Coach Alan Knipe could not have been prouder of how The Beach reached the NCAA Men’s Volleyball Championship match Saturday, achieving greatness in a pandemic-plagued season. Just the thought of what the players had gone through to finish as runners-up left him both teary-eyed and smiling.
“I’m so proud of everything we did tonight even though it wasn’t pretty, and it wasn’t perfect, but the guys stuck in there,” Knipe said. “This has been such a pleasure all season long to coach this group.
The outcome was not ideal, Knipe said. And it was not what Long Beach State came to do at UCLA’s Pauley Pavilion. The Beach was aiming to win its third national men’s volleyball championship in five years.
“It’s been a wild season, and when I look back on it, maybe the toughest season to coach but I wouldn’t trade it for the world,” he said.
Although the top-seeded Beach was swept 25-22, 25-21, 25-20 by defending national champion Hawai’i in Saturday’s NCAA Men’s Volleyball Championship match in front of a vocal crowd, Snipe heaped praise on his team that won NCAA titles in 2018 and 2019. The chance at a third consecutive championship was erased by the pandemic.
Yet, this season, Knipe said, was “like no other.”
“It’s been difficult, but I think playing volleyball and our program has helped this group of young men transition out of these difficulties and put some positives back into their life,” Knipe said. “It invigorated me as a coach.”
"It was a tough loss for all of us at The Beach,” said President Jane Close Conoley. “Of course, no one felt it like the players and coaches did, but they can be immensely proud of the way they played throughout the season, post-season and in the championship match. Congratulations to Hawai’i on their title win, and thank you to our men’s volleyball team for a memorable year.”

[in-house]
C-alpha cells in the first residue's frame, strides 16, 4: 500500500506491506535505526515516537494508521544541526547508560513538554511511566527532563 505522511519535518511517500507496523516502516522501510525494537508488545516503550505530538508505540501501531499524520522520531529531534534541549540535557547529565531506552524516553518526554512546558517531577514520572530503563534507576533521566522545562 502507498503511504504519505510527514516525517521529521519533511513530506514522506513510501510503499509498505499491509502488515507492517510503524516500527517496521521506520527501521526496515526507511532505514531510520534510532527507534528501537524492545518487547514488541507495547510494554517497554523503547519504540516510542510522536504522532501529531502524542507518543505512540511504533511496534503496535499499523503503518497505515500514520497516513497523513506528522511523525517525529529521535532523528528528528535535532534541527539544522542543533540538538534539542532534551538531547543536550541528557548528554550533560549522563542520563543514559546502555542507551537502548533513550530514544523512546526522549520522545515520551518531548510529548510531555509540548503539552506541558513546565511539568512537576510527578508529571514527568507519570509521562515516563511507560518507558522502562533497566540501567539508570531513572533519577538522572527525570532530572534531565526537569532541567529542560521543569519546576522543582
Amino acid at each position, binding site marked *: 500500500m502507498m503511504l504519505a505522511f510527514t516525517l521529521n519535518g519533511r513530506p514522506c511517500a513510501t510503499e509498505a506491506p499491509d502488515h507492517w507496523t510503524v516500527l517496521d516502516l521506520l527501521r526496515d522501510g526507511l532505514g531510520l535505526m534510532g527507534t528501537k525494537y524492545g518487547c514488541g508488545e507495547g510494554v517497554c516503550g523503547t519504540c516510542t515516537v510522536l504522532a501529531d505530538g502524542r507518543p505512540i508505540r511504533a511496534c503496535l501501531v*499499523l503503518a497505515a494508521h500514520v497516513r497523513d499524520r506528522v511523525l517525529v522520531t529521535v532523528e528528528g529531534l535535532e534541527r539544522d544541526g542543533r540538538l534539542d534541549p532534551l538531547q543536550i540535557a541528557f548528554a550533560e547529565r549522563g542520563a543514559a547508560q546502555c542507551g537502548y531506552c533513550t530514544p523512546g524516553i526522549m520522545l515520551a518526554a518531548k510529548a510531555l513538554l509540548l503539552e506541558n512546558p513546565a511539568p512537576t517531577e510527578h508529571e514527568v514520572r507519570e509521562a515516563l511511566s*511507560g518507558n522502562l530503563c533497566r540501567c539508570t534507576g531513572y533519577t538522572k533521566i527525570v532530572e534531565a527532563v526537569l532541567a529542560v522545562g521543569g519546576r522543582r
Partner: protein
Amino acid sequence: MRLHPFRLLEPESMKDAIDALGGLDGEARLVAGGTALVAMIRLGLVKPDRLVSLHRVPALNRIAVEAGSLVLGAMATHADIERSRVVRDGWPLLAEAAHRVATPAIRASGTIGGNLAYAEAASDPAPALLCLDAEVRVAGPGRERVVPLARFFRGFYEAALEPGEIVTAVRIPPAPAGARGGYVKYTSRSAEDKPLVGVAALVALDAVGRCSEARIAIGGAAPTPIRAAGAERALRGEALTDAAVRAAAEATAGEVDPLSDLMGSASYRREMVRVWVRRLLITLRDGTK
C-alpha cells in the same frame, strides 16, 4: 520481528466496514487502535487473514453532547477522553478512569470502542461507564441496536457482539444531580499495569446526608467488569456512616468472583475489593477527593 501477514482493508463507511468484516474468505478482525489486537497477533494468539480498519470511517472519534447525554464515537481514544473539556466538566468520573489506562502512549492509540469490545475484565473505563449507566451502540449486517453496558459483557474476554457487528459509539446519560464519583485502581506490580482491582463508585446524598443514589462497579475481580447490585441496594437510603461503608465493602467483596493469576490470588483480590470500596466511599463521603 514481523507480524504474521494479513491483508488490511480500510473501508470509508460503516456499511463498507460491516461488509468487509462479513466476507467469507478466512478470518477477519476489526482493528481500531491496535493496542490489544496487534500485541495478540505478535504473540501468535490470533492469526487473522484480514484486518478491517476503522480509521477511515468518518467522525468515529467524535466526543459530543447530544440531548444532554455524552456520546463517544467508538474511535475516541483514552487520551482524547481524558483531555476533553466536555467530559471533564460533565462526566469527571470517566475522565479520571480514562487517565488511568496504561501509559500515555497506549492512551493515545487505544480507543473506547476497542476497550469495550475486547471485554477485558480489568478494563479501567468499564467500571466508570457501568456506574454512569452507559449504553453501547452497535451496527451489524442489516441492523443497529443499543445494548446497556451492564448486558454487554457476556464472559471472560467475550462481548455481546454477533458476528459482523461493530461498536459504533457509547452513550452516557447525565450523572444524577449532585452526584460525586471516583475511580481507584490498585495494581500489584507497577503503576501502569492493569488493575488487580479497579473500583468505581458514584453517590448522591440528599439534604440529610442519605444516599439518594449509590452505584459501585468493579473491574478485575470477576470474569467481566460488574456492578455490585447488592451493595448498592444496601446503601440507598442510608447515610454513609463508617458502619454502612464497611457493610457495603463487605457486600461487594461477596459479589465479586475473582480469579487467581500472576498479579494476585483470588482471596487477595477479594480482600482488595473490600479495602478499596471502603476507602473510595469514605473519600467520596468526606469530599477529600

The championship match pitted two of the nation’s top teams and familiar Big West Conference foes. Long Beach won their two regular-season matches this season, but the Rainbows (27-5) beat The Beach in the conference title match.
“I think it bodes really well for the Big West and men’s volleyball throughout the country,” Knipe said. “These programs have been doing some really big things and I think there will be some really big matches to come.”
The Beach, which defeated UCLA in a thrilling come-from-behind five-set match in the semifinals, never was able to extend a lead against Hawai’i despite the enthusiastic backing from the Beach student section. Long Beach stayed close in the first set before the Rainbows used timely hitting and big serves to pull away down the stretch.
The Beach jumped on Hawai’i early in the second set but again could not sustain the momentum to fall behind, 2-0, in the match. The Rainbows took control of the third set after Long Beach called a timeout trailing 17-16 to complete the sweep.
“I don’t think we executed well in our blocking defense, but if you look at the numbers, statistically there are a lot of things that we did really well,” Knipe said. “You just really have to give Hawai’i credit. They played a great match.”
Freshman outside hitter Alex Nikolov had 20 kills and a .405 hitting percentage, while Spencer Olivier, junior outside hitter, added 11 kills and had a .368 hitting percentage. Both Nikolov and Olivier were named to the NCAA All-Tournament team.